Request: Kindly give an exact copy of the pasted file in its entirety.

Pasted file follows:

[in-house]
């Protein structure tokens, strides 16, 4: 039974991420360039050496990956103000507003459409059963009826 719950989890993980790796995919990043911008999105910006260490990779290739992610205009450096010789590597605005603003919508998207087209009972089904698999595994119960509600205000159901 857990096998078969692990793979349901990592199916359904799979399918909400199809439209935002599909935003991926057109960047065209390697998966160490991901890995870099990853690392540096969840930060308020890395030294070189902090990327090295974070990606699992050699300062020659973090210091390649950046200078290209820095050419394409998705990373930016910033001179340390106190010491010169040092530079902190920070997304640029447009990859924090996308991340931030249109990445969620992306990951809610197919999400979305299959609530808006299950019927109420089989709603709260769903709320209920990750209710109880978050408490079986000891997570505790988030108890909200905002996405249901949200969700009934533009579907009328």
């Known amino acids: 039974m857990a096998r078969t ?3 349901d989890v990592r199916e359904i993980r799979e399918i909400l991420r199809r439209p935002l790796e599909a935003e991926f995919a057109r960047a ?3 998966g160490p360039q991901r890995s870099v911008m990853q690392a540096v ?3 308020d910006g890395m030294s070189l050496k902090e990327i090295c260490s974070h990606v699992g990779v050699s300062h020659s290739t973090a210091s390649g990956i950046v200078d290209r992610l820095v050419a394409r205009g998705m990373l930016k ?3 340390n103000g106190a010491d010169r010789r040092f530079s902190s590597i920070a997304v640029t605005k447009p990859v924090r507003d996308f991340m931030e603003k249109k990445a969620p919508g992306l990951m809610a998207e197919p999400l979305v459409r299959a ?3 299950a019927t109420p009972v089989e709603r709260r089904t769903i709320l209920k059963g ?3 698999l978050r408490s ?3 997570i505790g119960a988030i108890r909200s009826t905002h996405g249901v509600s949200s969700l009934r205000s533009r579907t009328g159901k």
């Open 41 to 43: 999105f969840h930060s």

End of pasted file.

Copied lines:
[in-house]
């Protein structure tokens, strides 16, 4: 039974991420360039050496990956103000507003459409059963009826 719950989890993980790796995919990043911008999105910006260490990779290739992610205009450096010789590597605005603003919508998207087209009972089904698999595994119960509600205000159901 857990096998078969692990793979349901990592199916359904799979399918909400199809439209935002599909935003991926057109960047065209390697998966160490991901890995870099990853690392540096969840930060308020890395030294070189902090990327090295974070990606699992050699300062020659973090210091390649950046200078290209820095050419394409998705990373930016910033001179340390106190010491010169040092530079902190920070997304640029447009990859924090996308991340931030249109990445969620992306990951809610197919999400979305299959609530808006299950019927109420089989709603709260769903709320209920990750209710109880978050408490079986000891997570505790988030108890909200905002996405249901949200969700009934533009579907009328």
């Known amino acids: 039974m857990a096998r078969t ?3 349901d989890v990592r199916e359904i993980r799979e399918i909400l991420r199809r439209p935002l790796e599909a935003e991926f995919a057109r960047a ?3 998966g160490p360039q991901r890995s870099v911008m990853q690392a540096v ?3 308020d910006g890395m030294s070189l050496k902090e990327i090295c260490s974070h990606v699992g990779v050699s300062h020659s290739t973090a210091s390649g990956i950046v200078d290209r992610l820095v050419a394409r205009g998705m990373l930016k ?3 340390n103000g106190a010491d010169r010789r040092f530079s902190s590597i920070a997304v640029t605005k447009p990859v924090r507003d996308f991340m931030e603003k249109k990445a969620p919508g992306l990951m809610a998207e197919p999400l979305v459409r299959a ?3 299950a019927t109420p009972v089989e709603r709260r089904t769903i709320l209920k059963g ?3 698999l978050r408490s ?3 997570i505790g119960a988030i108890r909200s009826t905002h996405g249901v509600s949200s969700l009934r205000s533009r579907t009328g159901k």
């Open 41 to 43: 999105f969840h930060s």